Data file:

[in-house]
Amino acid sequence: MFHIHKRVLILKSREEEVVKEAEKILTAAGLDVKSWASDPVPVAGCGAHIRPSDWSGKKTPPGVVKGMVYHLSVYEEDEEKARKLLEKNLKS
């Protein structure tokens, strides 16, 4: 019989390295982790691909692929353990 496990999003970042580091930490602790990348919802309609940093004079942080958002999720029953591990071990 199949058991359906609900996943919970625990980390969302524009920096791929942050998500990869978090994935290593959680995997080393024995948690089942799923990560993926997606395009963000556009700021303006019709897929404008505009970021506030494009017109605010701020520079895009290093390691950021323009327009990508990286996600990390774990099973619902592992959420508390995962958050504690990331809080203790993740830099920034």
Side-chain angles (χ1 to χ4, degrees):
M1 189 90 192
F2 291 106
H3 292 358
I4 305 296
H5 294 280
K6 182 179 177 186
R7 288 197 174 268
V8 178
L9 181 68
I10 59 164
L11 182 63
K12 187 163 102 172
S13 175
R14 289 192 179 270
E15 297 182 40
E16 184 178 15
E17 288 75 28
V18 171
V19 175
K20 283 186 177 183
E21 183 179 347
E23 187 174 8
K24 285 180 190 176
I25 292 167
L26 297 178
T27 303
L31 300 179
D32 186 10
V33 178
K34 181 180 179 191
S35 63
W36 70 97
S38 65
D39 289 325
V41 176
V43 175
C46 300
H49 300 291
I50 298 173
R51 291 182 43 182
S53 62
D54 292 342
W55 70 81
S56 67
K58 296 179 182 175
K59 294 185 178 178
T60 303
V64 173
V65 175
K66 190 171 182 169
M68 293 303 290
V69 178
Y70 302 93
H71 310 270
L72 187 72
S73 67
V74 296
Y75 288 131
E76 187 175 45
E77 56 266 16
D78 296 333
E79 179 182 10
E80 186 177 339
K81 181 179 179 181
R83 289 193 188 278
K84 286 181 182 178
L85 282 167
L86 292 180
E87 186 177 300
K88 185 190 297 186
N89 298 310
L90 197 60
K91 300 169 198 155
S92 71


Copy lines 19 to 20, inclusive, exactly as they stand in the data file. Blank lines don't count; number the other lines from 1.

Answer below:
E15 297 182 40
E16 184 178 15